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Savannah Music Festival announces 2018 lineup with free concert by Sammy Miller and The Congregation


Savannah Music Festival announces 2018 lineup with free concert by Sammy Miller and The Congregation

01 Nov 2017

The 29th annual Savannah Music Festival is just around a wintery corner.

Every year, the 17-day spring festival celebrates the gamut of global and American music, from roots to jazz and classical to rock ’n’ roll, in one of the nation’s most expansive and varied live music experiences.

The 2018 festival, set for March 29 through April 14, is gearing up with a free concert Nov. 9 at Ships of the Sea Maritime Museum, where next year’s lineup will be announced. They will also announce two new venues for next year’s festival, in addition to the venues already in use.

“We’re always thrilled to get festival patrons, donors, sponsors, volunteers and contractors back together for this season announcement event,” Savannah Music Festival spokesperson Ryan McMaken said.

“On the education front, we are presenting at least four ensembles as 2018 festival performers that contain former student participants in our Acoustic Music Seminar, the week-long workshop and mentorship program led by mandolinist Mike Marshall. It is incredible to see participants in SMF education programs becoming professional musicians.”

Savannah Music Festival will get patrons excited about the next season with a free showcase by Sammy Miller and The Congregation, a band that personifies in many respects the mission of the festival itself, both of which seek unity through music. The uplifting jazz ensemble has yet to play Savannah, but does have a connection with the music festival.

Since 2014, trumpet player Alphonso Horne has been involved with the Swing Central Jazz program as a clinician. Swing Central Jazz, along with the Acoustic Music Seminar, is part of the SMF’s educational and mentorship programs geared toward encouraging and training young musicians.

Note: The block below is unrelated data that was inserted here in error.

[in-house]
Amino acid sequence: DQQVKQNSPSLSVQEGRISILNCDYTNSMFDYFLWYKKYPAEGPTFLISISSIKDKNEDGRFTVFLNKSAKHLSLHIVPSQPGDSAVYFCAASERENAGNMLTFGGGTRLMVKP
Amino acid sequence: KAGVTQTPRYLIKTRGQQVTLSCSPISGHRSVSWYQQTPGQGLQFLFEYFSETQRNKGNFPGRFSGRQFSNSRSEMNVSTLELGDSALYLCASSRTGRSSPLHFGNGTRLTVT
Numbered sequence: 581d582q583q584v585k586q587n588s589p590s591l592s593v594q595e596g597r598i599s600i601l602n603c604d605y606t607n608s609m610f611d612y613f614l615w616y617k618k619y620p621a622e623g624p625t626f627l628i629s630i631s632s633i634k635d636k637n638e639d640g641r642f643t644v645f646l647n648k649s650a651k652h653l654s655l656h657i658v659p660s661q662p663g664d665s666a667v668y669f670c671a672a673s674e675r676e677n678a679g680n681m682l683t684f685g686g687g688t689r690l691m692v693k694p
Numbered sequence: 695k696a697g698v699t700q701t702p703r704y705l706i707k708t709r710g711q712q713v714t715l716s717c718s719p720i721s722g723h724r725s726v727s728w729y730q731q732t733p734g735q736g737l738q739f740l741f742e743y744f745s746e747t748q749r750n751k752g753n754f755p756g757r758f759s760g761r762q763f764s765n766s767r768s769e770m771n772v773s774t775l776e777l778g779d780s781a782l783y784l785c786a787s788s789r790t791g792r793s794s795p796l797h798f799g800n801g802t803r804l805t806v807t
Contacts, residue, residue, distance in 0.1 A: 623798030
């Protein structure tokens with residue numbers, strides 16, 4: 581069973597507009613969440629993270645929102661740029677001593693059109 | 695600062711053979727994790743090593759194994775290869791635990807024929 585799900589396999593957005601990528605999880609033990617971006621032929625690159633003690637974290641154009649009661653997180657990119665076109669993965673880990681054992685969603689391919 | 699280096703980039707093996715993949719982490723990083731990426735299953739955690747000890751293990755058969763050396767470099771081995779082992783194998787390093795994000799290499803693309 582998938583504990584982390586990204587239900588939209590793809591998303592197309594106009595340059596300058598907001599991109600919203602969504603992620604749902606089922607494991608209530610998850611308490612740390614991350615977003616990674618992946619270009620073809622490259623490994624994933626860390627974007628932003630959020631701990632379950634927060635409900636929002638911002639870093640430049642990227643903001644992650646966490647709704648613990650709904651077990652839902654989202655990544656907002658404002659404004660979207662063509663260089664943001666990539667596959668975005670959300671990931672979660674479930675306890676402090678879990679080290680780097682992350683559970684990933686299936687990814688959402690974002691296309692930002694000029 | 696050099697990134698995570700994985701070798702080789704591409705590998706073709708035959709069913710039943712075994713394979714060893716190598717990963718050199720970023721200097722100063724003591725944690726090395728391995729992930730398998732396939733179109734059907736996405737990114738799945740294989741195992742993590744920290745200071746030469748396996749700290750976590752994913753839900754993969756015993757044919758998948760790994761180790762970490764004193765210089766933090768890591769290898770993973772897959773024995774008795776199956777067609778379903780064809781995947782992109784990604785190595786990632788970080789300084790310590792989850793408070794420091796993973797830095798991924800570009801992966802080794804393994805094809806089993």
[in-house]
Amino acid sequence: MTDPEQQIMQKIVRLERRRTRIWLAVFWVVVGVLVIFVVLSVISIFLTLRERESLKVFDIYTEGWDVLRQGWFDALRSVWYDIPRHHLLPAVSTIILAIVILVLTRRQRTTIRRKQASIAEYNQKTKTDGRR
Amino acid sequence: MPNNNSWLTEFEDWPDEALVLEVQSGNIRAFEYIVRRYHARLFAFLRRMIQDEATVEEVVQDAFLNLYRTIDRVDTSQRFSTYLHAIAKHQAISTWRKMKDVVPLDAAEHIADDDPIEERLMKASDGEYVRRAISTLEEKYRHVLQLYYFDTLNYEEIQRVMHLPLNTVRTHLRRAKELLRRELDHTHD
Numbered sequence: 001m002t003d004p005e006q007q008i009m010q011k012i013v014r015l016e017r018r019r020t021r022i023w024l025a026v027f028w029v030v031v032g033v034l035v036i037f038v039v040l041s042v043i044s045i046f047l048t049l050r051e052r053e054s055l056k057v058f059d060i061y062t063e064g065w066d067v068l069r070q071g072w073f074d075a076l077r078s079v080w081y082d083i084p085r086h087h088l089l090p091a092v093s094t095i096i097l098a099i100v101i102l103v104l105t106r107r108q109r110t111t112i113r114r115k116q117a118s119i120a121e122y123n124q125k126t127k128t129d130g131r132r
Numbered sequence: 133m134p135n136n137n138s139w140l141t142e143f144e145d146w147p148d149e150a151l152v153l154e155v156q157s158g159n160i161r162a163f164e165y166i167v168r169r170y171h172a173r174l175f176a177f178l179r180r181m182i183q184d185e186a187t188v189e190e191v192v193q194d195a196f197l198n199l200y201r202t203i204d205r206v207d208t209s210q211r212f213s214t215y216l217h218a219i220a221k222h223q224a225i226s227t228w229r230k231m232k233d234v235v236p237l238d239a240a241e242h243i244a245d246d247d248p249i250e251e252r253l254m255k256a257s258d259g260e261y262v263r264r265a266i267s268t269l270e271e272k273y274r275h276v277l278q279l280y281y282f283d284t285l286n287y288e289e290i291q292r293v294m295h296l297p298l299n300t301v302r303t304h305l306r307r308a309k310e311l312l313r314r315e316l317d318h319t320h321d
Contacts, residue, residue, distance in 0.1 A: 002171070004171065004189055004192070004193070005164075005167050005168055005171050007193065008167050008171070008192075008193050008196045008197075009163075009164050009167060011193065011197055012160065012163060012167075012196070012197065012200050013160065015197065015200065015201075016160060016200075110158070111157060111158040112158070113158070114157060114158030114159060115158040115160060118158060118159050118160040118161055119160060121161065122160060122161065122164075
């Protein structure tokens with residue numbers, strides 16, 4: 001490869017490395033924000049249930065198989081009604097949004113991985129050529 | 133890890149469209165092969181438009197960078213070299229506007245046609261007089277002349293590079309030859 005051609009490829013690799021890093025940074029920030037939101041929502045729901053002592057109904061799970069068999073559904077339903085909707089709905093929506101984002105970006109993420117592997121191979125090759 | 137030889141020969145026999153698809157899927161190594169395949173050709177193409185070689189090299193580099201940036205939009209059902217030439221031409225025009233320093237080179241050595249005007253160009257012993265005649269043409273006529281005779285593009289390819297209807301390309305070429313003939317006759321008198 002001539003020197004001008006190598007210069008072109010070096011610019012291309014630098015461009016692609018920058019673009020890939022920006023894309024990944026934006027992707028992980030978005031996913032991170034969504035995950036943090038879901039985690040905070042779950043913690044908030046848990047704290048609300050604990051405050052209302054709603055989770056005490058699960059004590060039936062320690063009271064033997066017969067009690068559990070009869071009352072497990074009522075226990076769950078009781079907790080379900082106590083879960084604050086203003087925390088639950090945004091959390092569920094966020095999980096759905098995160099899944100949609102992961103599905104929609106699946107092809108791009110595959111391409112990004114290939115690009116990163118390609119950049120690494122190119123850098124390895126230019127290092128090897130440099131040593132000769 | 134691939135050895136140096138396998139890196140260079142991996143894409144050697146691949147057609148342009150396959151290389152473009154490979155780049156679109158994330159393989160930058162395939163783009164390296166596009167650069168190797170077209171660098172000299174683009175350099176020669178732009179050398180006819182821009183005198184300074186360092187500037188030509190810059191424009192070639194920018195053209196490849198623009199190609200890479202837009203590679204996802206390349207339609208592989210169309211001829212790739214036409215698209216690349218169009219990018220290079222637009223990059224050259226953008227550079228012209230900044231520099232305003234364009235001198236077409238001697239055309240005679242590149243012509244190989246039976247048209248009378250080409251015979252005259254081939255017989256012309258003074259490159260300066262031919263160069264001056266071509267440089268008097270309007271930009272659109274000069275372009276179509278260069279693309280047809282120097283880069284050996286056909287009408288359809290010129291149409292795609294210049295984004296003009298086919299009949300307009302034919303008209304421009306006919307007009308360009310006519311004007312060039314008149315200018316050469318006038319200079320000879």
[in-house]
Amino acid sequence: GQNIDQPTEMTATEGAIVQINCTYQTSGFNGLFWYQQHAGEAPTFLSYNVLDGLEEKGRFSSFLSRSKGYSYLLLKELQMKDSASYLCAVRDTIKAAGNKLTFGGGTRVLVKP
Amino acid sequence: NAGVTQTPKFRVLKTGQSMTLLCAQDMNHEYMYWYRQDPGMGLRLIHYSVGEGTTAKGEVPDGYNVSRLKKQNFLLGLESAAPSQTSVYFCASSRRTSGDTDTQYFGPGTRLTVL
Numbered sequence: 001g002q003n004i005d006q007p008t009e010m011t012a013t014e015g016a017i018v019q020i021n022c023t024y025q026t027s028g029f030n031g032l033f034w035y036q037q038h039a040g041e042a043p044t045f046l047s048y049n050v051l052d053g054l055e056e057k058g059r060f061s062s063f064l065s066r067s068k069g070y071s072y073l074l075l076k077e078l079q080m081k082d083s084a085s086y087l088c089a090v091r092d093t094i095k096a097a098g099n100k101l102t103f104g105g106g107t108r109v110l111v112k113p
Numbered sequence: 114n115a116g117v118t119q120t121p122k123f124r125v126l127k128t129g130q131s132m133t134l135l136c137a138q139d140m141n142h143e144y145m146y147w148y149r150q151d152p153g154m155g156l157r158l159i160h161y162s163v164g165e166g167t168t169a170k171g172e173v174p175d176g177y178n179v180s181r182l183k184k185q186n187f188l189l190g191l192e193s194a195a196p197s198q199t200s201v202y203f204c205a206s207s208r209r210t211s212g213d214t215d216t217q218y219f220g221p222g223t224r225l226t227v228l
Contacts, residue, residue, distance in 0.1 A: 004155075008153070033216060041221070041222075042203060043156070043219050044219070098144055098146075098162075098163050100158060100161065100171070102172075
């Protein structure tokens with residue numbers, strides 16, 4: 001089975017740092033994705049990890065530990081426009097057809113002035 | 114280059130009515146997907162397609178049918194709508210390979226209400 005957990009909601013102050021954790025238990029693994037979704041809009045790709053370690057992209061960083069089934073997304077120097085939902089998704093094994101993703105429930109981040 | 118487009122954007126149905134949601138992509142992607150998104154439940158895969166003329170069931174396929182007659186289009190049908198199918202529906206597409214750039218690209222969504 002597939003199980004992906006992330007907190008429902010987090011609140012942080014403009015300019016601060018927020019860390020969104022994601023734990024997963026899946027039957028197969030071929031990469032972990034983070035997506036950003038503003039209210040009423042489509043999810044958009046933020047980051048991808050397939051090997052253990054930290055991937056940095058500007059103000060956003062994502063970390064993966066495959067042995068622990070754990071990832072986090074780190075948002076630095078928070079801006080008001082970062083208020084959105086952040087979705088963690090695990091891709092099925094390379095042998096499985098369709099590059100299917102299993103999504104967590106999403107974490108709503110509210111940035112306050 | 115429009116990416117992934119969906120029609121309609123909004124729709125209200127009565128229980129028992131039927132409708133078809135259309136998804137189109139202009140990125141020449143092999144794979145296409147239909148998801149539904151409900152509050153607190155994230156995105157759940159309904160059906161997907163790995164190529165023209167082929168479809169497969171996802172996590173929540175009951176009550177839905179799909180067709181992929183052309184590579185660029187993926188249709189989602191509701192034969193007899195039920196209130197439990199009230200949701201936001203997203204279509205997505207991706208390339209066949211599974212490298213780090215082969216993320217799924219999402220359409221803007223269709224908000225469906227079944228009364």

Sammy Miller and The Congregation began during Miller’s tenure at the renowned Juilliard School in New York City. Miller, a Grammy-nominated drummer, went in search of a particular kind of jazz music, but was having some trouble finding what he wanted.

“I honestly was trying to find jazz that was in the spirit of inclusivity and about bringing people together,” Miller said. “I wasn’t seeing it. So I said if I am not seeing it, I’ll just create it. I try to create music I would want to listen to and would invite people into our world.”

Although the band has shifted through different iterations, the majority of the musicians around Miller came from Juilliard and New York. Currently, Miller plays with the aforementioned Horne on trumpet, Sam Crittenden on trombone, Ben Flocks on tenor saxophone, David Linard on piano and John Snow on bass. Outside of their work in the Congregation, members of the ensemble have played and recorded with Wynton Marsalis, Iron and Wine and Jason Mraz.

Miller and his Congregation draw from both common and esoteric musical influences. From New Orleans jazz, spirituals, gospel music, big band, swing jazz and even early American parlor music, Miller and company create a large and soulful, truly American sound. Over the years, they’ve developed a style of “joyful” jazz music that in concert is uplifting and even educational.

“The concept is sort of to bridge the gap of the greater American canon,” Miller said. “We’re playing music as early as Stephen Foster and Louis Moreau Gottschalk — pre-jazz music up to what we’re writing now. We’re trying to deal with the same concepts of American art, just American spirituality in general, which has always been about hope. Old spirituals are a huge influence. It’s become more and more originals, but … the history is so important to what is going on now.”

The group’s live show is where it properly earns its “joyful” moniker. Each concert is an arrangement of original and standard tunes delivered in an upbeat and even rowdy performance that denotes the early days of jazz music in New Orleans’ squares, and the gospel still heard in some churches.

“Like any group activity we do in our lives, we hope that by going there, when we leave we feel better than when we showed up,” Miller said. “That can be church, it can be team bowling, yoga class — it’s trying to get people away from all of their daily grinds and give them an escape. Give them a place to be uplifted and uplift the people around them.

“We’re always shifting and changing [the setlist] based on the mood of the crowd,” Miller continued. “… People show up, they have the best show they’ve ever seen in their life, and they feel better than they came. Those are our two objectives.”


What: Savannah Music Festival 2018 lineup party with Sammy Miller & The Congregation

When: 7:30 p.m. Nov. 9

Where: Ships of the Sea Maritime Museum, 41 Martin Luther King Jr.

Cost: Free